At Swim-Two-Birds – Flann O’Brien
Metafictional, multilayered, impressionistic, I’m not really sure how to describe this. The narrator is a student, who between occasionally studying and constantly drinking is writing a novel. The subject of this novel is himself writing a novel, using his powers of creativity to enslave the characters in this novel-within-a-novel. Of course these characters are mostly taken from other books, westerns, crime novels, Irish mythology, etc. Then one of them begins to write his own book, using the opportunity to revenge himself upon his creator, who he subjects to a variety of torments. All the various strands swirl together with little rhyme or reason beyond the pleasure of creativity and language, a mad shaggy-dog story chasing it’s own tail. It’s a grand book, but it’s probably for the best it’s quite short – much longer and I think it could easily become tiresome. Also I must admit that I skimmed through the longer parodys of Irish mythological poems.

Radiant Dawn
Ravenous Dusk – Cody Goodfellow

I discovered this epic biohorror/technothriller when it was mentioned in the introduction to the reissue of Delta Green: Strange Authorities, and there are some definite similarities: late ’90s Cthulhu mythos, a tangle of conspiracies within and without the US government, and a suffocating feeling of impending doom. The Mission, a fanatical group of defected military personnel and defence scientists, are engaged in a fanatical war of extermination with Radiant Dawn, a mysterious organisation supposedly working to aid terminal cancer sufferers but actually dedicated to forcing humanity to evolve into a higher form. In this case, a ‘higher form’ consists of amalgams of sentient, polymorphic tumours, and there’s a great deal of gleefully imaginative and lovingly rendered body horror here, with the human form twisted and reformed like plasticine3. The setting is thick with paranoia, more or less every organisation is manipulated from the shadows, whilst the secret masters mistrust and plot against each other as much as their enemies. One thing I did like was the range of conspiracies involved; groups within the federal government, ‘classical’ secret societies, racialist fanatics, and mythos cultists. The Lovecraftian side is handled interestingly, in the first book4 there are almost no signs of the mythos and it could easily be an unrelated sci-fi/horror tale, but as the second book proceeds the truth is unveiled. Most Cthulhu stories tend to focus on the paranormal, supernatural side of things but here the emphasis is definitely on the science-fictional aspect of Lovecraft’s work, delving into the true origins of Earthly life and the implications for humanity. It’s possibly a little dated, with it’s ‘end of history’ vision of America as a superpower falling apart from within, paranoid anti-federal militia groups holed up in the desert, and ‘new religious movements’, but really I think that’s just another way of saying that it’s firmly rooted in a specific time and place. I was very impressed with this indeed, it doesn’t pull any punches at all but follows it’s premise through right to the end, soaked in blood and fear and alien biology.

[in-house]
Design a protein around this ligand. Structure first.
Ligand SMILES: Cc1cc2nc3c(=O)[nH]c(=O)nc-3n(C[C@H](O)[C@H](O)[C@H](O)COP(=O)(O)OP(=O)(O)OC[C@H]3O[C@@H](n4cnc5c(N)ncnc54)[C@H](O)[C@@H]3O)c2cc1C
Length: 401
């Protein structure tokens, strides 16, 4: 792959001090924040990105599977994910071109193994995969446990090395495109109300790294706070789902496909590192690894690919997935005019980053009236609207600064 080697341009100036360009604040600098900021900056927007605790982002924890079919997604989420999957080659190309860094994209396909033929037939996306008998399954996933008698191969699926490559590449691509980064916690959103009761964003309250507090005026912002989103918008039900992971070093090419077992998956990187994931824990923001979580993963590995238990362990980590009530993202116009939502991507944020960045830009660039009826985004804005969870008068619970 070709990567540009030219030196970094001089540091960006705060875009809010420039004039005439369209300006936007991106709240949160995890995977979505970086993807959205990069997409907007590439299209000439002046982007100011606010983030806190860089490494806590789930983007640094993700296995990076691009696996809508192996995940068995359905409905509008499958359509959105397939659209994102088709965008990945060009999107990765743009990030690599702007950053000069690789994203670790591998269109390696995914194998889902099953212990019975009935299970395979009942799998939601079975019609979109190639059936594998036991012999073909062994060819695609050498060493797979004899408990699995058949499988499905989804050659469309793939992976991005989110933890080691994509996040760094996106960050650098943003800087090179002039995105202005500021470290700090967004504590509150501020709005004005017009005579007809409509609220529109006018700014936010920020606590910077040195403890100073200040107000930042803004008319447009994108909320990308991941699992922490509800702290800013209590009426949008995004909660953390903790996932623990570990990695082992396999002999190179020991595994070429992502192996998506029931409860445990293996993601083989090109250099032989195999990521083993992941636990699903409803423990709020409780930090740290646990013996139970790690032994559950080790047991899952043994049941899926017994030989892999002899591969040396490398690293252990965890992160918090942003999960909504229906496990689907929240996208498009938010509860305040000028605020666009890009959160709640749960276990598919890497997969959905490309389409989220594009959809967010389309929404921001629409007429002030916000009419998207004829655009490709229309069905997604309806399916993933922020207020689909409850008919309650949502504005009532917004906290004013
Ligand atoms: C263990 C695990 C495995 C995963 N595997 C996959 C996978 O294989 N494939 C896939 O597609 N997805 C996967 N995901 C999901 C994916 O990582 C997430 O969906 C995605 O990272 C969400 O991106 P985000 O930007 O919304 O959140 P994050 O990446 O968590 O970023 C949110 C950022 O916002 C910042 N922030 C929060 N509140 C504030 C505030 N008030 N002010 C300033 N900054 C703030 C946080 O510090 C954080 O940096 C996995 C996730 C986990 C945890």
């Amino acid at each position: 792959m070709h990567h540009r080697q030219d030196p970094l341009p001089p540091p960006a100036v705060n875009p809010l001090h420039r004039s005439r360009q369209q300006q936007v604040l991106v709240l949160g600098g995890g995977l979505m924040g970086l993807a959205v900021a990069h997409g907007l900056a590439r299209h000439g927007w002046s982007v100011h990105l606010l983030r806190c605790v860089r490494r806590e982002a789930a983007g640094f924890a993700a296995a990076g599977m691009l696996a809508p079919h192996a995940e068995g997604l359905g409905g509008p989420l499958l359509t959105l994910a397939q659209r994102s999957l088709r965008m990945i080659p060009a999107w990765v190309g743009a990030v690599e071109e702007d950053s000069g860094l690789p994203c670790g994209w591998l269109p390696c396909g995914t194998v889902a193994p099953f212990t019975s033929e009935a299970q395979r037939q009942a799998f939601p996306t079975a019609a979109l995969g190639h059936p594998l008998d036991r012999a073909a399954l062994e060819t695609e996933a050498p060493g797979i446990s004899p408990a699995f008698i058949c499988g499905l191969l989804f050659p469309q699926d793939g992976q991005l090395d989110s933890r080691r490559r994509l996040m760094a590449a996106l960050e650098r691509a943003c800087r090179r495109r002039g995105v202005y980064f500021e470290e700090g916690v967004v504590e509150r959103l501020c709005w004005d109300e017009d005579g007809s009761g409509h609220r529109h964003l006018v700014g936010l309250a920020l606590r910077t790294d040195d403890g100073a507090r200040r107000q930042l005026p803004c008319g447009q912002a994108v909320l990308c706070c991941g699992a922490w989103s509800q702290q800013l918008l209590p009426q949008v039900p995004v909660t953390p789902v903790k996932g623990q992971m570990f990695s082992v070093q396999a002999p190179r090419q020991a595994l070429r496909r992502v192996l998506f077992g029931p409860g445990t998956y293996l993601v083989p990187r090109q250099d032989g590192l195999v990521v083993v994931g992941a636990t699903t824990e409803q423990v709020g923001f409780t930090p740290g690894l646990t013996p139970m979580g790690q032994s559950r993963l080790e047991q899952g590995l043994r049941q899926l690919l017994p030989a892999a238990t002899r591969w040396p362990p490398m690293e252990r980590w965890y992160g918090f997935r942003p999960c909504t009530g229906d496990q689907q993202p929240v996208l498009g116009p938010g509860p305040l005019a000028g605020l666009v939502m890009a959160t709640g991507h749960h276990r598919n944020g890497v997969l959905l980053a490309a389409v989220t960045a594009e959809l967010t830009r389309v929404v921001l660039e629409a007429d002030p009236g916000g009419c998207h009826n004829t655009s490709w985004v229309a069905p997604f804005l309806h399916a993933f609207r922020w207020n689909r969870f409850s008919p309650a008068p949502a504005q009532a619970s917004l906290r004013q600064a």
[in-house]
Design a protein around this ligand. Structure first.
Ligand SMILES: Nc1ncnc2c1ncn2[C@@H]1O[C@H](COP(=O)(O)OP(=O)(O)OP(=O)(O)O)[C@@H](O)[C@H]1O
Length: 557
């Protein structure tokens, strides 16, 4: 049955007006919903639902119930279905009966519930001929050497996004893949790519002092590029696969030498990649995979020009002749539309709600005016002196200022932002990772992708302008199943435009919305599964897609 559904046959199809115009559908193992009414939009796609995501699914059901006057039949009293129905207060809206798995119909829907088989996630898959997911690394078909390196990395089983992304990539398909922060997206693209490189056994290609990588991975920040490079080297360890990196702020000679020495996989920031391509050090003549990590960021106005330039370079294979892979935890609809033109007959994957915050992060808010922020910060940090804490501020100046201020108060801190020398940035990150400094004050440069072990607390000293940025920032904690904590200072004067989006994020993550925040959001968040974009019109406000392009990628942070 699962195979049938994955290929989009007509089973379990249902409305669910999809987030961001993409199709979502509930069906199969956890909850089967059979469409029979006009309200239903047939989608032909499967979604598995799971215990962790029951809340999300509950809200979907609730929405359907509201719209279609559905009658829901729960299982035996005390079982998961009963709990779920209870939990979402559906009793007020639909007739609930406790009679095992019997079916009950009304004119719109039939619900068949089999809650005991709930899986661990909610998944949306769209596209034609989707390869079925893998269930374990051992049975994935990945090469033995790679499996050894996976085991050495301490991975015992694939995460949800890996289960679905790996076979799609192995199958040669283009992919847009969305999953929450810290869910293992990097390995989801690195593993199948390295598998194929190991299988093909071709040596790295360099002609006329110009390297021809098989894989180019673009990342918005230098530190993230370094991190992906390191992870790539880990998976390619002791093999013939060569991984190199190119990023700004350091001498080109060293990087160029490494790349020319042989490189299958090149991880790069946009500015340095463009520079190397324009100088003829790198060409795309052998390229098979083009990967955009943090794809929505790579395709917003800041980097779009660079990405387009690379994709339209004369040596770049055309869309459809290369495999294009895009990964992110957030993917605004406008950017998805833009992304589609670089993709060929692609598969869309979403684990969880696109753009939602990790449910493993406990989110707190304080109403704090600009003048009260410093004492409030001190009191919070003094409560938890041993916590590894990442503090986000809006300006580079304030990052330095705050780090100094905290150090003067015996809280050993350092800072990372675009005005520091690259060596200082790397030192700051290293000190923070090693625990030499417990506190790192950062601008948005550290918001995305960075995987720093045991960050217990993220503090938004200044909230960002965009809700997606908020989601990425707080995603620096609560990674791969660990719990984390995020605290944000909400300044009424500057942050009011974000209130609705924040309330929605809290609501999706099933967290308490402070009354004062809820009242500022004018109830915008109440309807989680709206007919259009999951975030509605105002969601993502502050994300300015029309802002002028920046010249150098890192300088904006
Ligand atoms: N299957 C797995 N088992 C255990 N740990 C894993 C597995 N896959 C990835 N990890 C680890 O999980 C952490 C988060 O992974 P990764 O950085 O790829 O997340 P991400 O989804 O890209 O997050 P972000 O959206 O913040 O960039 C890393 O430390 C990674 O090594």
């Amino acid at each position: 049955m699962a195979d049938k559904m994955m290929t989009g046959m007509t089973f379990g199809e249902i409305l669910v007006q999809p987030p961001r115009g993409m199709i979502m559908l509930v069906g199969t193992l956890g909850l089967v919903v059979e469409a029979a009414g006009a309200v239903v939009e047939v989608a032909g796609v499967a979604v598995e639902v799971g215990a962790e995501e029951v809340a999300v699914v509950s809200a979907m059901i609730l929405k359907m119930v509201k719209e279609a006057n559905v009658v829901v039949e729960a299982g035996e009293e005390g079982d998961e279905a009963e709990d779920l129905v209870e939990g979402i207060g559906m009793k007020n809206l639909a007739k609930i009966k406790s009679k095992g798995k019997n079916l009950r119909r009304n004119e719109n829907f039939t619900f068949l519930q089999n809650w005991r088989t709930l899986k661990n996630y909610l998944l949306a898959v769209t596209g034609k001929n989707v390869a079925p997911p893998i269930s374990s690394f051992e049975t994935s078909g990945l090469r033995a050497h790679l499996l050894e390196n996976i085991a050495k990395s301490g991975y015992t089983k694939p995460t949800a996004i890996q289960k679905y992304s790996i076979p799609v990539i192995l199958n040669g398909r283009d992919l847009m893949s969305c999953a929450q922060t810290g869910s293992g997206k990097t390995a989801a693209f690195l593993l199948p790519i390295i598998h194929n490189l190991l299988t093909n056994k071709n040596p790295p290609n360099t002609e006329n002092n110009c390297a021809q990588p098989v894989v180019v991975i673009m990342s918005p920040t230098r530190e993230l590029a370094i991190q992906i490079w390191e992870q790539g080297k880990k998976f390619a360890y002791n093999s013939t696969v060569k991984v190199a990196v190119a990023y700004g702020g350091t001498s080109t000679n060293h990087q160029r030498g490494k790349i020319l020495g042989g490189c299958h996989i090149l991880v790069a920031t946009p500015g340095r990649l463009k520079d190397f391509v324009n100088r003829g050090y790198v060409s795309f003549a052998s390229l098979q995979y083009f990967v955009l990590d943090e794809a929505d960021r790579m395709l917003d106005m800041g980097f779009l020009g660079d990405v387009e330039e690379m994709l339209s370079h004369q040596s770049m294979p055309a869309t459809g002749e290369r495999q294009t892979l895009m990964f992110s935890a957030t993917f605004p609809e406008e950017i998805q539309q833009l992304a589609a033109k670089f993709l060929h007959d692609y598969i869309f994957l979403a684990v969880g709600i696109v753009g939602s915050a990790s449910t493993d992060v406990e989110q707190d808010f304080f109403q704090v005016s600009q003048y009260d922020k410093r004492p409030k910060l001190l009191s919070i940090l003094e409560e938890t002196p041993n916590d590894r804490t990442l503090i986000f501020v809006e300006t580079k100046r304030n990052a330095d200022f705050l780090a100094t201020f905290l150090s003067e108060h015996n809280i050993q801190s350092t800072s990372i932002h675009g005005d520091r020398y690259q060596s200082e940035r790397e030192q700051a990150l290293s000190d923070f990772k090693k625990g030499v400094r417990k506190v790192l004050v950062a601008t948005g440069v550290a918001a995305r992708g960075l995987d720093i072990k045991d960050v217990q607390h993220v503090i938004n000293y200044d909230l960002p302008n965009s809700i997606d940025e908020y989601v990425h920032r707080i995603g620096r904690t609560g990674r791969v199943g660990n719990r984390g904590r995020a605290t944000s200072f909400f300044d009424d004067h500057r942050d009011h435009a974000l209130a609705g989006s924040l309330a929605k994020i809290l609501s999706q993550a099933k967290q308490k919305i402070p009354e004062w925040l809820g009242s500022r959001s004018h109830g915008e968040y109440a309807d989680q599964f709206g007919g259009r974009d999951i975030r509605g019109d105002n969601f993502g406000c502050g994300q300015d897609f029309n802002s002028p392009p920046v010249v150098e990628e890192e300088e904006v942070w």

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1 Or at least it does to modern ears.
2 I’ve thought this about some of Tidhar’s previous works as well, that they should either be distilled down into short stories or expanded into novels.
3 It’s very ‘wet’ – blood and bile and other fluids. Also it features a sex scene that I can’t even begin to describe . . .
4 It’s a single lengthy plot told over two books, presumably because it’s too big to publish in a single volume; it’s easily the longest Lovecraftian story I’ve read.